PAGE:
After living on a McDonalds-only diet for the Oscar-nominated Super Size Me and sending himself on a global goose chase in Where In The World Is Osama Bin Laden?, Morgan Spurlock has done a fair job of establishing his own brand of irreverent documentary-making.
Think Michael Moore without the soapbox.
So he's just the man to offer a self-referential look at what Hollywood likes to call 'brand integration' and 'co-promotion', more commonly known as product placement. In other words: shameless advertising.
Taking the film-within-a-film idea to its extreme, Spurlock shows how the process works by getting as many corporations as he can to fund his fun new project The Greatest Movie Ever Sold.
As you might expect, he gets no joy from the big boys: Coca-Cola sense it's not the real thing and Nike just won't do it. But, like us, the smaller companies appreciate the thought that goes into his ad campaigns.
Indeed, after making a deal with the purveyors of a (purportedly) life-enhancing pomegranate juice, the film's full title is POM Wonderful Presents The Greatest Movie Ever Sold.
Between raising funds and poring over his contractual obligations, Spurlock does get round to exploring the effects of advertising.
A trip to Sao Paolo shows what a city looks like where all outdoor hoardings have been banned (strangely denuded). More disconcertingly, a brain scan reveals that advertising stimulates the body's addiction chemical dopamine. Seems they're turning us into brand junkies, Clockwork Orange-style.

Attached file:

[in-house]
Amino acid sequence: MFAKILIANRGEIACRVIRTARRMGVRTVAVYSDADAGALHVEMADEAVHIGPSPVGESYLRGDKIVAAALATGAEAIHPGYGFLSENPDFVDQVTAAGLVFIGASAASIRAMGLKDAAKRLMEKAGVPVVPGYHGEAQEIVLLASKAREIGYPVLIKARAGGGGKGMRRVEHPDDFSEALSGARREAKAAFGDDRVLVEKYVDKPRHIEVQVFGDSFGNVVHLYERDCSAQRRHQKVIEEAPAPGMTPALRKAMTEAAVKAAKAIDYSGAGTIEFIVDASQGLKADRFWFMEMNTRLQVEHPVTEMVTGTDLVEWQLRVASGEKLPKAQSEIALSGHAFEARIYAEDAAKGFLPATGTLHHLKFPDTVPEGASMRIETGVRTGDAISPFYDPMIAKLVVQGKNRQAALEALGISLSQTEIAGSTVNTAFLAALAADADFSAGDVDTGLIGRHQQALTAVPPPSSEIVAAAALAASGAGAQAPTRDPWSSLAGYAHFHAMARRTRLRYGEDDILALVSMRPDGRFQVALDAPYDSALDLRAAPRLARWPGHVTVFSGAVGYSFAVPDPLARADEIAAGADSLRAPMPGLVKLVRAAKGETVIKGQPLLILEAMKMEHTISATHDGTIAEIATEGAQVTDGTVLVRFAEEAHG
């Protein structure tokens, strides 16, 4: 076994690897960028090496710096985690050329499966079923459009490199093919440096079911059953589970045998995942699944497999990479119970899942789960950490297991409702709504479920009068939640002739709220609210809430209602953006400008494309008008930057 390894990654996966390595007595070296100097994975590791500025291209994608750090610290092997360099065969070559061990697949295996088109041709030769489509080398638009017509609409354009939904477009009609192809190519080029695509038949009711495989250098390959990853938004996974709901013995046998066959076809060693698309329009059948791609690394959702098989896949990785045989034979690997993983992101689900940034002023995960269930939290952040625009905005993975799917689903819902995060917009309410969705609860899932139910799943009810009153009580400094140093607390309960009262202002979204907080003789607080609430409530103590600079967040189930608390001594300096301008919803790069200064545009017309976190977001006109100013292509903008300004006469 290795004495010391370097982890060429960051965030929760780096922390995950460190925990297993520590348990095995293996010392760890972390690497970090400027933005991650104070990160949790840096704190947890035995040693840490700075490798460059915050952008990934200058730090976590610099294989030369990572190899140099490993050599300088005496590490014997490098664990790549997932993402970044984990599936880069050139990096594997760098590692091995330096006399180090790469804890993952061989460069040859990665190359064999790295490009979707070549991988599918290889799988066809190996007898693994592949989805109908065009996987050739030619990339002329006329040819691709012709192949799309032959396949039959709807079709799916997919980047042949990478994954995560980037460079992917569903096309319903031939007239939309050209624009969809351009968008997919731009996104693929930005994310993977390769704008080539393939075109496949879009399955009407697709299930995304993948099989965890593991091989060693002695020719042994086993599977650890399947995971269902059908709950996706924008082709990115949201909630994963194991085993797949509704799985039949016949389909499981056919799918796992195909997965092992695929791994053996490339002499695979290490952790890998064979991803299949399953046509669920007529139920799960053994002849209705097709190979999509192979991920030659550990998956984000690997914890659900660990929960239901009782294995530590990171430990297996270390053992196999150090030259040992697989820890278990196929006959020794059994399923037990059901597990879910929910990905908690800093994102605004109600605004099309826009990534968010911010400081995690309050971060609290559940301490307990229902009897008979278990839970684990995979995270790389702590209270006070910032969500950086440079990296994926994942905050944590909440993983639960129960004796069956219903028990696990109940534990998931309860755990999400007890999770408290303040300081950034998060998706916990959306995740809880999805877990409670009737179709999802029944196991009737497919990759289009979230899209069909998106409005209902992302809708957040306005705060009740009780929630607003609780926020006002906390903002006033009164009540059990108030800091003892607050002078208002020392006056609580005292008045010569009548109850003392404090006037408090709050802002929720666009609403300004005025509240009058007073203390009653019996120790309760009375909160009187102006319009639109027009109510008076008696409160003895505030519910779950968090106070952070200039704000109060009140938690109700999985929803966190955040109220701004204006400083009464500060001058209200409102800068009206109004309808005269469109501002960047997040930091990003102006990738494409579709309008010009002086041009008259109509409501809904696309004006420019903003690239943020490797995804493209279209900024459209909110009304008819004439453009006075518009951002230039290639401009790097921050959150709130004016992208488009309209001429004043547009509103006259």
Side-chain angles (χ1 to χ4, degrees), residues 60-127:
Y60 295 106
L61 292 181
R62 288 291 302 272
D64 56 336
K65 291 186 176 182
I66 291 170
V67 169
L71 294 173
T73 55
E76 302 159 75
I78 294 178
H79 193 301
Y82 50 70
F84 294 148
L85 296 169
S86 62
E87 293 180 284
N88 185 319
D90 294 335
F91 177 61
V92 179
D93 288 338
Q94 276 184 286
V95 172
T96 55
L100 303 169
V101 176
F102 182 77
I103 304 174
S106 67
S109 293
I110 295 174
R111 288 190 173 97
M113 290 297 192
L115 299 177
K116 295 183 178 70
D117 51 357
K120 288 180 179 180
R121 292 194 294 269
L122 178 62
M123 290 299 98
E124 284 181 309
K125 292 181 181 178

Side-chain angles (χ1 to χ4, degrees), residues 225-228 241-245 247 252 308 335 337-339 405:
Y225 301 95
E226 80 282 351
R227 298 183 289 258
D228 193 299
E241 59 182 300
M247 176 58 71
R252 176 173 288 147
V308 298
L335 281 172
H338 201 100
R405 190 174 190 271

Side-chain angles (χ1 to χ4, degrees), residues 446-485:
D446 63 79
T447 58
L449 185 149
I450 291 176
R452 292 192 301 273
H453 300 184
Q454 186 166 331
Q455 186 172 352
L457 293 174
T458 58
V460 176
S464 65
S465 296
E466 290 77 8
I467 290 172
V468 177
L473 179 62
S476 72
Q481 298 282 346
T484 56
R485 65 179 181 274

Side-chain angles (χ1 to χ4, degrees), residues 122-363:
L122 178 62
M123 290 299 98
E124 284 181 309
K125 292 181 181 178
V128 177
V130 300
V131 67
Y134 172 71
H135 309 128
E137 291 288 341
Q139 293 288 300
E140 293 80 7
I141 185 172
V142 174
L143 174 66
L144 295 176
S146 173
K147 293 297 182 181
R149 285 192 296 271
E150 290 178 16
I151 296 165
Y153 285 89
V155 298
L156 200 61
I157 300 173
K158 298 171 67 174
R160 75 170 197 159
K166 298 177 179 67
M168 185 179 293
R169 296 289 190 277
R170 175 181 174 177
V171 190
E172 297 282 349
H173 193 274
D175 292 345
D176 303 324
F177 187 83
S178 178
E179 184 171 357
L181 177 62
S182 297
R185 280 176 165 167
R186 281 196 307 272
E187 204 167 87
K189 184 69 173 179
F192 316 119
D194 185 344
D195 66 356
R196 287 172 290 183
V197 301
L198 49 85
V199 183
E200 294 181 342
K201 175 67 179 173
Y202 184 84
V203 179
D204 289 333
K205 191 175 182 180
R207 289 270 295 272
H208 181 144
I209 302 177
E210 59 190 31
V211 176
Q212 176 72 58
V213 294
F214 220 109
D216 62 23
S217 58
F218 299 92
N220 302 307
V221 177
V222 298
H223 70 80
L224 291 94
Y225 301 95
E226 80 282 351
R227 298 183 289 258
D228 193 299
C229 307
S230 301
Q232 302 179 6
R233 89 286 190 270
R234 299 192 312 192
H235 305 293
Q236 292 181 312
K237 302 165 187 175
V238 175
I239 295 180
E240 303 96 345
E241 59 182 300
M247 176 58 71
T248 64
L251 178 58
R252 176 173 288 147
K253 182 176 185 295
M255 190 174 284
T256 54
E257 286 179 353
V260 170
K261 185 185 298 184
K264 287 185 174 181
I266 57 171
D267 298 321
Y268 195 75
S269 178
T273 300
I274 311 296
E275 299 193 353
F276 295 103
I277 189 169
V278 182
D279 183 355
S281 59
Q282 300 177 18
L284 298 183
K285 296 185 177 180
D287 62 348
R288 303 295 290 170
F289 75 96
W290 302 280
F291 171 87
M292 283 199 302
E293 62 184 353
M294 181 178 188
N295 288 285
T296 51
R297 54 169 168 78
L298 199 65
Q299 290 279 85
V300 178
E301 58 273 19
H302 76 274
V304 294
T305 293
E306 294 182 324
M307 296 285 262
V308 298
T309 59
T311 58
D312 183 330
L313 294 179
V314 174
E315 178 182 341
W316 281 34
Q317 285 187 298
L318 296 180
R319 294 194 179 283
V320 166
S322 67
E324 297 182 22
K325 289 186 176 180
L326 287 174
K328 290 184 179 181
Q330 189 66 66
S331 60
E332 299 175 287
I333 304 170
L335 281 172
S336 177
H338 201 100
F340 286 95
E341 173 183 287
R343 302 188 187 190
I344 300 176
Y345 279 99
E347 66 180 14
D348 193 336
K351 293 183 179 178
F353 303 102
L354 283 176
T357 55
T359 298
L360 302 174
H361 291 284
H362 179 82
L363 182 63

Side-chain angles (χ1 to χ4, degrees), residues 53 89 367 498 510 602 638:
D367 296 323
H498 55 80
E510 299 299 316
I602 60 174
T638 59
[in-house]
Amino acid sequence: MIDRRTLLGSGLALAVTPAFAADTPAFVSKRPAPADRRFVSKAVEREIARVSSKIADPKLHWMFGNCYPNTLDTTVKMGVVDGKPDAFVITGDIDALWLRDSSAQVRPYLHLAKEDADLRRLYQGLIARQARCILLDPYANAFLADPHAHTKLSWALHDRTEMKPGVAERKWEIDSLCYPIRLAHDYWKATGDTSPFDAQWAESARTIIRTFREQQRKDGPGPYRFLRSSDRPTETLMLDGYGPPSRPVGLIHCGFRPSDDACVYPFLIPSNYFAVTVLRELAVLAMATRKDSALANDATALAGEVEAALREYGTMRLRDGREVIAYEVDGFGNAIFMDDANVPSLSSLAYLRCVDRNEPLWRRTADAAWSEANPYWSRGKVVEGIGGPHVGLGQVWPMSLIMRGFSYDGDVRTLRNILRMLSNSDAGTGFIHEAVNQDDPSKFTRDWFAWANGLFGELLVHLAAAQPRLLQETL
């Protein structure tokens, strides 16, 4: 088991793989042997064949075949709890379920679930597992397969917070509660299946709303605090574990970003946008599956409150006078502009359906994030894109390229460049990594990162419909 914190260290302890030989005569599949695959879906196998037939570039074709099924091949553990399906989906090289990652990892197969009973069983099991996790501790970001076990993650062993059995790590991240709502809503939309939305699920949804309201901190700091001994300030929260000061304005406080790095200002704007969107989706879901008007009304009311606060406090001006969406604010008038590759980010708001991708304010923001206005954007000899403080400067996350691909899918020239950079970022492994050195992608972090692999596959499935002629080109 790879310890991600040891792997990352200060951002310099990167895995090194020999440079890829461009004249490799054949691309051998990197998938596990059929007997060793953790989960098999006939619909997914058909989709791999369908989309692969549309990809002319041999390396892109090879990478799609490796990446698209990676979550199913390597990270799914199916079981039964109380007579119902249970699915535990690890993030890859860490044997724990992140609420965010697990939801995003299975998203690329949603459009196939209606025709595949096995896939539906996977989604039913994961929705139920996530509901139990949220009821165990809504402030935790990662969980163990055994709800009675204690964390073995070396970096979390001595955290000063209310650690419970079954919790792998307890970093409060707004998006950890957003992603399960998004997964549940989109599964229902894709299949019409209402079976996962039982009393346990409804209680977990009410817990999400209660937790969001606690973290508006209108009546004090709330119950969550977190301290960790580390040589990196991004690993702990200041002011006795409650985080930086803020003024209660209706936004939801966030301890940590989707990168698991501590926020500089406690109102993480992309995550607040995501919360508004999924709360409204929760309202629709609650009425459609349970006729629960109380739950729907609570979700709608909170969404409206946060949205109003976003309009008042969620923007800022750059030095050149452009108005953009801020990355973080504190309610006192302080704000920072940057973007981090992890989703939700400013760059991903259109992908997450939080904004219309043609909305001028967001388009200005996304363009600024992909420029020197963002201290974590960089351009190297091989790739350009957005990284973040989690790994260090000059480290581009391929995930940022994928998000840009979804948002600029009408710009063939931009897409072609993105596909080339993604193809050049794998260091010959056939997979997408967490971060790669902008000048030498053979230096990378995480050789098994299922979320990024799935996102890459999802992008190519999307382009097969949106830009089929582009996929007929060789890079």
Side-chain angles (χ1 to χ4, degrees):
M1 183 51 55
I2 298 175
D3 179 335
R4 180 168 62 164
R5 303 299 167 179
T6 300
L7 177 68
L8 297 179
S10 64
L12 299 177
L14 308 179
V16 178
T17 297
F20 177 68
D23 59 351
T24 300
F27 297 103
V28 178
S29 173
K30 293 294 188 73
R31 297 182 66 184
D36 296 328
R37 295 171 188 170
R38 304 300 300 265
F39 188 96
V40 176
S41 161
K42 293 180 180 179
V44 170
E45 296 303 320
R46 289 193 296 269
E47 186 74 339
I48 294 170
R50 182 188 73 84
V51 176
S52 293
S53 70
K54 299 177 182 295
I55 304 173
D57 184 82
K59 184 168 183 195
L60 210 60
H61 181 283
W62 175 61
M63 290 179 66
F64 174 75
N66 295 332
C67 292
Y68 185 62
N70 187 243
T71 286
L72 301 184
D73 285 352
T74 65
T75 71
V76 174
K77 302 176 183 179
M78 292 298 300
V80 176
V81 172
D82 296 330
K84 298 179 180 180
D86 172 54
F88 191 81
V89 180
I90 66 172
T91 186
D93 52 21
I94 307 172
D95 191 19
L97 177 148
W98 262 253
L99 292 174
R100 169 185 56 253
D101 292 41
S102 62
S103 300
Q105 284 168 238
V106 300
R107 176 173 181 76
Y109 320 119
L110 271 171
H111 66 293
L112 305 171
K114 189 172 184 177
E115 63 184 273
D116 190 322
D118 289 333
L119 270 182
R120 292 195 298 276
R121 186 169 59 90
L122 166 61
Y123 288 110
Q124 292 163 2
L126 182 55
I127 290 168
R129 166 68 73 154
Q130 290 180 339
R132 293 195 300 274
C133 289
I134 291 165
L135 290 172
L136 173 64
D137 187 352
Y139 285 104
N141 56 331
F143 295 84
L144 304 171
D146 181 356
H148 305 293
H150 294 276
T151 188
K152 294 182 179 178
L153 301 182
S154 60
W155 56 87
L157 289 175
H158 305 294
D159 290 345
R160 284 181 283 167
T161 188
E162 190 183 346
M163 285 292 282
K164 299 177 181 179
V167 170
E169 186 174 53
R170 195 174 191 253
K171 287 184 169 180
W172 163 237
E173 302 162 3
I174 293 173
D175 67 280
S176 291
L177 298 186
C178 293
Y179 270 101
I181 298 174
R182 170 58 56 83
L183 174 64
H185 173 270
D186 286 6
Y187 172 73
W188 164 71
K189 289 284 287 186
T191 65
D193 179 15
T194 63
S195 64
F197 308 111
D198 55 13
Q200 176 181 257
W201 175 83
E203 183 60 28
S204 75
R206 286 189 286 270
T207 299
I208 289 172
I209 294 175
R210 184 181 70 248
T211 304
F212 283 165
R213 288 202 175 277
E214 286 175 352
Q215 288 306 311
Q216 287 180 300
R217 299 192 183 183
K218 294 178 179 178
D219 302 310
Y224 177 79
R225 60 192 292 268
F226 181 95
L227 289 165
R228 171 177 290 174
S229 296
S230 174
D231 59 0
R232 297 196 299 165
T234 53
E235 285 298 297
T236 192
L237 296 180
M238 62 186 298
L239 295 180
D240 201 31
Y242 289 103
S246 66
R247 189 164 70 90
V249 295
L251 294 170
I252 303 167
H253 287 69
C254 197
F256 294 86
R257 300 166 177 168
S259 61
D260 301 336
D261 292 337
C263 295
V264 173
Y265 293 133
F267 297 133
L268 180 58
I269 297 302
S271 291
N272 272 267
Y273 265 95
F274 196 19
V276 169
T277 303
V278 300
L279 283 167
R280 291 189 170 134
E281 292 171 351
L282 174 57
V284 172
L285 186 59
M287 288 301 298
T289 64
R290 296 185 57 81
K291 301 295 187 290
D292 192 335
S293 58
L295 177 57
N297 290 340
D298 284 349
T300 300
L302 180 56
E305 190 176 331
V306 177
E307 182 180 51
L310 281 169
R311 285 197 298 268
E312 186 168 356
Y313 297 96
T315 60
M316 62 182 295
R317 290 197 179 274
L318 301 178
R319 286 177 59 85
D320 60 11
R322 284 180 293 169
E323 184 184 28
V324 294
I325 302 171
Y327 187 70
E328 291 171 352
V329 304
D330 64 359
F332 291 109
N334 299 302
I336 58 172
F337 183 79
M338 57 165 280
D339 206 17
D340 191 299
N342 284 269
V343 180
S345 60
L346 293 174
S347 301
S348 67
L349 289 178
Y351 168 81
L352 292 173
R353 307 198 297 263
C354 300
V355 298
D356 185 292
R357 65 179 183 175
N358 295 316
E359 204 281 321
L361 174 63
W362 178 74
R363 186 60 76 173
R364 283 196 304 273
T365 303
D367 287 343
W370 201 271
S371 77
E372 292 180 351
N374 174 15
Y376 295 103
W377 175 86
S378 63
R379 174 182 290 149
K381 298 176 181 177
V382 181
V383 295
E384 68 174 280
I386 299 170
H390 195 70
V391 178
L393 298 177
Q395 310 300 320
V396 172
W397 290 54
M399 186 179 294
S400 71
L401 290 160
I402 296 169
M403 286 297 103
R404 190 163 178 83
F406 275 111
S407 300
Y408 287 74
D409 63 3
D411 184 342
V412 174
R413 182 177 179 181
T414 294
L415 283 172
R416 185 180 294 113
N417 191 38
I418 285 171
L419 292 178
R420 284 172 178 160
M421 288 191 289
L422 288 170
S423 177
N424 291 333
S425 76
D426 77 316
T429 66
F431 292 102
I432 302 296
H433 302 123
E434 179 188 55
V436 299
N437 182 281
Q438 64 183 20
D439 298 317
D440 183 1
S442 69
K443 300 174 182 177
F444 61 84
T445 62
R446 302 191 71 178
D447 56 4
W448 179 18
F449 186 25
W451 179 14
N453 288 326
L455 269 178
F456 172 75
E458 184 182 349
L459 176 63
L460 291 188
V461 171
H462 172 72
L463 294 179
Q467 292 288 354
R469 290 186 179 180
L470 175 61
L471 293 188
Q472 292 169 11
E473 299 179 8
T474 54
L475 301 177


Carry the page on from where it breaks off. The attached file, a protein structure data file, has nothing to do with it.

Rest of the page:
There's also much talk of integrity and what's appropriate, but Spurlock exposes the hypocrisy on discovering that Florida's schools are obliged to broadcast a heavily sponsored TV news channel in classes but can't boost budgets by putting adverts in school buses.
There's also an air of resignation as directors JJ Abrams (Lost, Star Trek), Brett 'Rush Hour' Ratner and Peter 'Battleship' Berg acknowledge that Hollywood's 'creative process' is rife with Faustian corporate pacts.
But the tone is generally upbeat, as evinced when consumer affairs guru Ralph Nader suddenly finds himself endorsing Merrell footwear. And when Spurlock demonstrates the virtues of Mane 'N' Tail, a shampoo for both humans and their four-legged friends.
Unfortunately since it inevitably ends up where it started, the longer we spend down the rabbit hole, the less engaging the trip becomes. Even the moustachioed maverick's direction loses its early visual fizz once the novelty wears off.
For his next project, it would be nice to see Spurlock put substance before gimmick. But first, a word from his sponsors...